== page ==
Anathema, The Optimist
Blackfinger, When Colors Fade Away
Child, Blueside
Cortez, The Depths Below
Demon Eye, Prophecies and Lies
Elbrus, Elbrus
Electric Wizard, Wizard Bloody Wizard
Ecstatic Vision, Raw Rock Fury
Five Horse Johnson, Jake Leg Boogie
Mirror Queen, Verdigris
The Obsessed, Sacred
T.G. Olson, Foothills Before the Mountain
Outsideinside, Sniff a Hot Rock
Queens of the Stone Age, Villains
Siena Root, A Dream of Lasting Peace
Six Organs of Admittance, Burning the Threshold
Steak, No God to Save
Summoner, Beyond the Realm of Light
Valborg, Endstrand
With the Dead, Love from With the Dead

Plus: Abronia, Lewis and the Strange Magics, Iron Monkey, Band of Spice, Puta Volcano, Galley Beggar, Heavy Traffic, Coltsblood, REZN, Green Meteor, Demon Head, Lord, Grigax, The Raynbow, Carpet, Norska, Les Lekin, Slow, Ixion, and I’m sure more that I’ll add as the names continue to pop into my head.

I did this back in June as well, but I also want to draw attention to a swath of quality live albums that came out this year. The top pick should be no surprise if you’ve been hanging around the site of late:

Live Albums:
1. SubRosa, Subdued Live at Roadburn
2. Causa Sui, Live in Copenhagen
3. Slomatics, Futurians Live at Roadburn
4. My Sleeping Karma, Mela Ananda – Live
5. Wight, Fusion Rock Invasion
5. Death Alley, Live at Roadburn

Thank You

It’s been a hell of a year, obviously. Musically and otherwise. As always, I cannot possibly come close to thanking you enough for your incredible and ongoing support of The Obelisk, of what this site is, what it’s become over its nearly nine-year run, what it will continue to become going forward from here. It is astounding to me and deeply humbling that you would possibly take time out of your busy day and your busy life to check out what’s going on here, and words fail me continually when it comes to feeling like I can properly convey my appreciation for that. Thank you for reading. Thank you for reading. Thank you for reading. Tattoo it on my forehead.

Thank you to The Patient Mrs. for understanding how much I need to be doing this, to Slevin for keeping the site running on the technical end, to Behrang Alavi for taking over hosting earlier this year, to my family for their ongoing support, to The Pecan for sleeping late some mornings and giving me time to write, and to everyone who ever shared a link on social media or made a comment on a post or anything like that. To long-time readers and to newcomers alike — thank you so much. This year has seen a fair share of ups and downs, but the support this site gets sustains me in ways I never expected it could, and that would be impossible without you. Please know how crucial that is to me.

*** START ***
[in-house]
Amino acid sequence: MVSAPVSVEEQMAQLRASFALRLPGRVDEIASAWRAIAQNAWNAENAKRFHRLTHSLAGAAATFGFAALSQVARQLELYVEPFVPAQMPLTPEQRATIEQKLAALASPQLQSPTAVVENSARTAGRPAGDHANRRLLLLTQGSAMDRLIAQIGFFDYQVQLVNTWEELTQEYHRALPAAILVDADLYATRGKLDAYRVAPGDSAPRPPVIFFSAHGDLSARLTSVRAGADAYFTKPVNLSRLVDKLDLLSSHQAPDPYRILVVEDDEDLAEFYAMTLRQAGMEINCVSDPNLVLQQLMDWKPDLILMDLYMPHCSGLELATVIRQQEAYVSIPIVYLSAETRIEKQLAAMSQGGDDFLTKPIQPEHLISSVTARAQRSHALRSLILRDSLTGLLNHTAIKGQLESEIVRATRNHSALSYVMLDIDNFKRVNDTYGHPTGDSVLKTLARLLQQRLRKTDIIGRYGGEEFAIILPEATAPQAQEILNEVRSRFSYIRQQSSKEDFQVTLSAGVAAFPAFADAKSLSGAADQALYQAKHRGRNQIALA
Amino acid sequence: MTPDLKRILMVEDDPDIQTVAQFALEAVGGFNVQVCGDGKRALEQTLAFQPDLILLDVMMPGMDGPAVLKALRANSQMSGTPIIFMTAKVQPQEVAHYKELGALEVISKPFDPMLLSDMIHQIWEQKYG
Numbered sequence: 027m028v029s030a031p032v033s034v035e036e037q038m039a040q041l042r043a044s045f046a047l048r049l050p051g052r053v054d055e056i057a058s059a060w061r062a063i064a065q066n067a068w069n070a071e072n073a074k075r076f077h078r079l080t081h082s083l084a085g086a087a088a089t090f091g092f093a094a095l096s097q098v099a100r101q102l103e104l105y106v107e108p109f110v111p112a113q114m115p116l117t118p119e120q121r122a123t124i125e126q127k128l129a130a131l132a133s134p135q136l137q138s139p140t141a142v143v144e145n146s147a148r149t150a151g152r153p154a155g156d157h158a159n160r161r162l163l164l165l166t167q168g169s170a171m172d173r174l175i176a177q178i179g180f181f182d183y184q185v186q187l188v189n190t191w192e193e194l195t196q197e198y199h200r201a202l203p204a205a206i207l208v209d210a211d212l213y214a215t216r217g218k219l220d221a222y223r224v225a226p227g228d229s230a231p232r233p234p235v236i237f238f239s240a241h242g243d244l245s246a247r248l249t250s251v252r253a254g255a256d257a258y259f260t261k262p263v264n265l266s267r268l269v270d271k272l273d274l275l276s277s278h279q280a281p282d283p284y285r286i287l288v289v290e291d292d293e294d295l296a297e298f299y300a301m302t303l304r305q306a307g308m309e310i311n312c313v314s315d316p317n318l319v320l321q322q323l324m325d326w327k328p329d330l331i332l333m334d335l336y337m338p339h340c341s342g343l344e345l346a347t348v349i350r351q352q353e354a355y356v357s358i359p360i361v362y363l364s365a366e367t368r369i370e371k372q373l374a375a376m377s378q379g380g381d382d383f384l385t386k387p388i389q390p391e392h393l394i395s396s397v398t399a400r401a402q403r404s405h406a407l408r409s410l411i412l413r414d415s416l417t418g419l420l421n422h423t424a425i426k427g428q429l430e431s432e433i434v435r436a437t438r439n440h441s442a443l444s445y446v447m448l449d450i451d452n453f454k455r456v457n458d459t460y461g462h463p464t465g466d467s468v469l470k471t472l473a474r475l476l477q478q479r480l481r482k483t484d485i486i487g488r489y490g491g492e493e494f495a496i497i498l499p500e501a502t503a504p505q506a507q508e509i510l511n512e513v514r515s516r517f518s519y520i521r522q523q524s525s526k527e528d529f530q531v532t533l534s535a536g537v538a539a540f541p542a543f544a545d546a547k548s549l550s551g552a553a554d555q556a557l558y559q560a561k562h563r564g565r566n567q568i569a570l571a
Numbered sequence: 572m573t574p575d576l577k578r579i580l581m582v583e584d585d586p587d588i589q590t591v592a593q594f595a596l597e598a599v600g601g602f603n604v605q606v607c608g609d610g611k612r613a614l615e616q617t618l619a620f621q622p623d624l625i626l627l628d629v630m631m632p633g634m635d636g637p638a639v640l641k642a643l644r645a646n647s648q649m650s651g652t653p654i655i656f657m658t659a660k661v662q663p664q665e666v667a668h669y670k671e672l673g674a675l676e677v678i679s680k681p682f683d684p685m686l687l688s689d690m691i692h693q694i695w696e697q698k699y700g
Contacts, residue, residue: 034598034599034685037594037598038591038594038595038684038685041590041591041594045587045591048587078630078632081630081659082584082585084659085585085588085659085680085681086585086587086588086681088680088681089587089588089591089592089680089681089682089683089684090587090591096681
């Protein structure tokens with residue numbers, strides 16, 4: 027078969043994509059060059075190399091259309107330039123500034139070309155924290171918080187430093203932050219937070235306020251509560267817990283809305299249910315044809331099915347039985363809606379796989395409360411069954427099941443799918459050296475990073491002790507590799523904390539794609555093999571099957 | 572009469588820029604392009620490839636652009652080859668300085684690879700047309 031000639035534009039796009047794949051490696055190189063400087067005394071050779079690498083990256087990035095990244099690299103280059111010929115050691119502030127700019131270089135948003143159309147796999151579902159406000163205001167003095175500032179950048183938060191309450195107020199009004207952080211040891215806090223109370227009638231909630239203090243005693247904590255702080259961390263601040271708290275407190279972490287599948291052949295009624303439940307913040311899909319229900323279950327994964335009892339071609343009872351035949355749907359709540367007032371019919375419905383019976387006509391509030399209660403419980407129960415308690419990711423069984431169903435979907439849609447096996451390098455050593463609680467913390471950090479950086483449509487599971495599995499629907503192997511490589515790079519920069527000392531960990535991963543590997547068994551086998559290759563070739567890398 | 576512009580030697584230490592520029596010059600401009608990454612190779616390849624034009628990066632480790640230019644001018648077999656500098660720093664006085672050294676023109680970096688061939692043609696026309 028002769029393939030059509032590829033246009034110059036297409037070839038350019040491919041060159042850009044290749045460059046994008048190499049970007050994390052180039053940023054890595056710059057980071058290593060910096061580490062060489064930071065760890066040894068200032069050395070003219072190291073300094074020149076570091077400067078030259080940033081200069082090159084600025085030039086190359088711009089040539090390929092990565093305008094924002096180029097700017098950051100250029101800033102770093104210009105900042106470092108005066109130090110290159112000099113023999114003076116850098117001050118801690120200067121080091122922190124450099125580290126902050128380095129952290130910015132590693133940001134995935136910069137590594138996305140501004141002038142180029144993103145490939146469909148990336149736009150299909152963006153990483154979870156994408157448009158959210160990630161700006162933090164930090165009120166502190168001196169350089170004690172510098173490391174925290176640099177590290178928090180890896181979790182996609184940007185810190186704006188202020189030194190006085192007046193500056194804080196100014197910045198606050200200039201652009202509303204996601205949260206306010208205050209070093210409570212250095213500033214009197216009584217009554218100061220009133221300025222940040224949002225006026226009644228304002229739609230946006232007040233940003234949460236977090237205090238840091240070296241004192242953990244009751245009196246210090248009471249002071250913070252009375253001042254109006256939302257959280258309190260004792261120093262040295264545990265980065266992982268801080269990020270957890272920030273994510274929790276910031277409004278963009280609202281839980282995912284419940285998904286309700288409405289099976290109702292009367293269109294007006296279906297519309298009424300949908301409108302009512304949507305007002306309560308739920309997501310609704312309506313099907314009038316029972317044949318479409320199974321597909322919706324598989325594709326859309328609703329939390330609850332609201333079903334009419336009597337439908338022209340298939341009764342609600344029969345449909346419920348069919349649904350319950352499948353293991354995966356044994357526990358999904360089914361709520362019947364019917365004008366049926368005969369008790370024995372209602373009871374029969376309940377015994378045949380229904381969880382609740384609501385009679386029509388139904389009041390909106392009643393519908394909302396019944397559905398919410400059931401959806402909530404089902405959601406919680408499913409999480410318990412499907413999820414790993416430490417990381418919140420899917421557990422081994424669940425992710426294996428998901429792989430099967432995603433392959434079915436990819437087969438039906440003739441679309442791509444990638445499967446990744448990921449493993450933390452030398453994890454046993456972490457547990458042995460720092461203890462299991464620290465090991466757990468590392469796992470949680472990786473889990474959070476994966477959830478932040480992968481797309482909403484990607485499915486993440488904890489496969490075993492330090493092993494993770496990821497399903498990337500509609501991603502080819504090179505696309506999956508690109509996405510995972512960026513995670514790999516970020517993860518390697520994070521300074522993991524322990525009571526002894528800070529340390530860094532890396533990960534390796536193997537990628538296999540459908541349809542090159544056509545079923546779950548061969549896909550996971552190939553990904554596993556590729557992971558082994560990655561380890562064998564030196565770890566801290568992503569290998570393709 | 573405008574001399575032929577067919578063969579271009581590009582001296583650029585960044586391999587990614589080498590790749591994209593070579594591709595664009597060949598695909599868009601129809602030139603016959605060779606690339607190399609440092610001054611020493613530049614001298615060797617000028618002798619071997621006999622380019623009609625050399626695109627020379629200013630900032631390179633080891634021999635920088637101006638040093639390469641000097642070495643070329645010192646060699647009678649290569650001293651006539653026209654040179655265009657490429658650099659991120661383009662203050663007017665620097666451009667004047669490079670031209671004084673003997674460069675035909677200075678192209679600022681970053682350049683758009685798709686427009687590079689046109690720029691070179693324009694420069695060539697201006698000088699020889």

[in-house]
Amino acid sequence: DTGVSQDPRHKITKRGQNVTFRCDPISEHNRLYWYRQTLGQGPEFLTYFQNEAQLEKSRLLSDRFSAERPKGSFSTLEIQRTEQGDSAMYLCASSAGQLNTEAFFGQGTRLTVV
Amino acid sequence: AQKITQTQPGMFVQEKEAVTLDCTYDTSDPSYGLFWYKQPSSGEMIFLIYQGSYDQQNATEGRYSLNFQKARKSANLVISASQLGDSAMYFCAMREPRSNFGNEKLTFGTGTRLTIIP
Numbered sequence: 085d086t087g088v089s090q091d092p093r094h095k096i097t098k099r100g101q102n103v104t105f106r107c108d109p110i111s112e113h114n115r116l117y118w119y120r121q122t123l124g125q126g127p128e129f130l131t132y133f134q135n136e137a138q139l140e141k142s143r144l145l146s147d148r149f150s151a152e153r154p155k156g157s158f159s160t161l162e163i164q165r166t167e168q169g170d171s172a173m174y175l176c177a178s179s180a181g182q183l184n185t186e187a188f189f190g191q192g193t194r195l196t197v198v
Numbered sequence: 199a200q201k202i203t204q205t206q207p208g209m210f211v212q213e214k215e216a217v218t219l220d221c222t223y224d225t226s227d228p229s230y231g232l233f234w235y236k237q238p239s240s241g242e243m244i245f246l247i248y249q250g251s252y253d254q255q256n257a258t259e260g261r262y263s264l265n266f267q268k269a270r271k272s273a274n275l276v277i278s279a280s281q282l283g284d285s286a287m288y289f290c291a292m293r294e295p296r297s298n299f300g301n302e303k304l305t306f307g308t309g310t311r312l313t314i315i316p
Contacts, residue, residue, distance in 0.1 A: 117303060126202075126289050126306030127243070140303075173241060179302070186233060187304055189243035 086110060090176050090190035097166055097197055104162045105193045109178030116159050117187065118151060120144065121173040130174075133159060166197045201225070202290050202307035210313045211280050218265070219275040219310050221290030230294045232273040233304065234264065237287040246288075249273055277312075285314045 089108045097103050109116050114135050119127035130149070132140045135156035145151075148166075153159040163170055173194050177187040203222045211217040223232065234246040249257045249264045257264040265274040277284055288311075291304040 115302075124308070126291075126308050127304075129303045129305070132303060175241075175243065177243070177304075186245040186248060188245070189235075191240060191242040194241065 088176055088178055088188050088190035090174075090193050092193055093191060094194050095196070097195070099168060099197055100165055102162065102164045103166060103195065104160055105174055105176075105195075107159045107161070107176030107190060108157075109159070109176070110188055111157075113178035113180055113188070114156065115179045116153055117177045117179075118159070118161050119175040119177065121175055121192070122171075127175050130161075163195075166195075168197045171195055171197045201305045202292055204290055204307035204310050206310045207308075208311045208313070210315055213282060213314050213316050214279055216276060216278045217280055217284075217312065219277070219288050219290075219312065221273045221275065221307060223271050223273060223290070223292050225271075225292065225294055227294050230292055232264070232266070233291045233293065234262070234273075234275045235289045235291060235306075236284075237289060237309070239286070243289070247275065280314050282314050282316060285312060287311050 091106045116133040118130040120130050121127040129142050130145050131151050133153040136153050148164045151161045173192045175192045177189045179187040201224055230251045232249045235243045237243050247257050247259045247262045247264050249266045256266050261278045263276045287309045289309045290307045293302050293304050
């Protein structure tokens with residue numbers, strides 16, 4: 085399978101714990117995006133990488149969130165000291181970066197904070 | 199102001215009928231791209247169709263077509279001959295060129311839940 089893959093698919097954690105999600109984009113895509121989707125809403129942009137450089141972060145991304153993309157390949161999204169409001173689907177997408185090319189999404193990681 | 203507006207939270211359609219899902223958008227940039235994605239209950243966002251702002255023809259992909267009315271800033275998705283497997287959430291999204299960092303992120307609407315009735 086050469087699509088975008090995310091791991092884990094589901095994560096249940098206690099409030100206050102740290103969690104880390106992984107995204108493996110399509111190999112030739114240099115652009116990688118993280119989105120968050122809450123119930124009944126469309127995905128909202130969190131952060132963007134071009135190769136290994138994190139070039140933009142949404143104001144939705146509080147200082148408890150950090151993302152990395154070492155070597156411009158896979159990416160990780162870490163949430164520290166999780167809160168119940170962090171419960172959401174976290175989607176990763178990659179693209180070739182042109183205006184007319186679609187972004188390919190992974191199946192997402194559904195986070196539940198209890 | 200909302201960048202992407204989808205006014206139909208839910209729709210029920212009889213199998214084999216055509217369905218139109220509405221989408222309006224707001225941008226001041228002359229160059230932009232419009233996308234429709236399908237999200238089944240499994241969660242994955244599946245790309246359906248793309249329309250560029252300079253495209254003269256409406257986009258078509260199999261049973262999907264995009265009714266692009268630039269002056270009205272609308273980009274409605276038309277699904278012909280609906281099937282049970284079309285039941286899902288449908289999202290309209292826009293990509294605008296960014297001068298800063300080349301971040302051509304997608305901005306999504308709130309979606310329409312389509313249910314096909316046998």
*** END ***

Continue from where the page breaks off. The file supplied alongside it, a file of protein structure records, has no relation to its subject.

Well, that should do it. I know there are probably disagreements about where things landed on the list, what was included, what was left out, etc., as there always are. All comments are of course welcome — only thing I’d ask is you please keep it civil and respectful of the opinions of others. Otherwise, have at it. Please.

And one more time, thank you for reading.

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Ruby the Hatchet, Planetary Space Child: Oh, the Places You’ll Trip

Posted in Reviews on August 29th, 2017 by JJ Koczan

ruby-the-hatchet-planetary-space-child

It’s been a steady creep enacted by Philadelphia’s Ruby the Hatchet into the greater and expanding consciousness of American heavy psychedelia. The organ-laced five-piece from the City of Brotherly Love debuted on respected purveyors Tee Pee Records in 2015 with Valley of the Snake (review here), their second album overall behind 2012’s subsequently reissued Ouroboros and 2014’s Eliminator EP, and Planetary Space Child is their third and most cosmically expansive outing yet.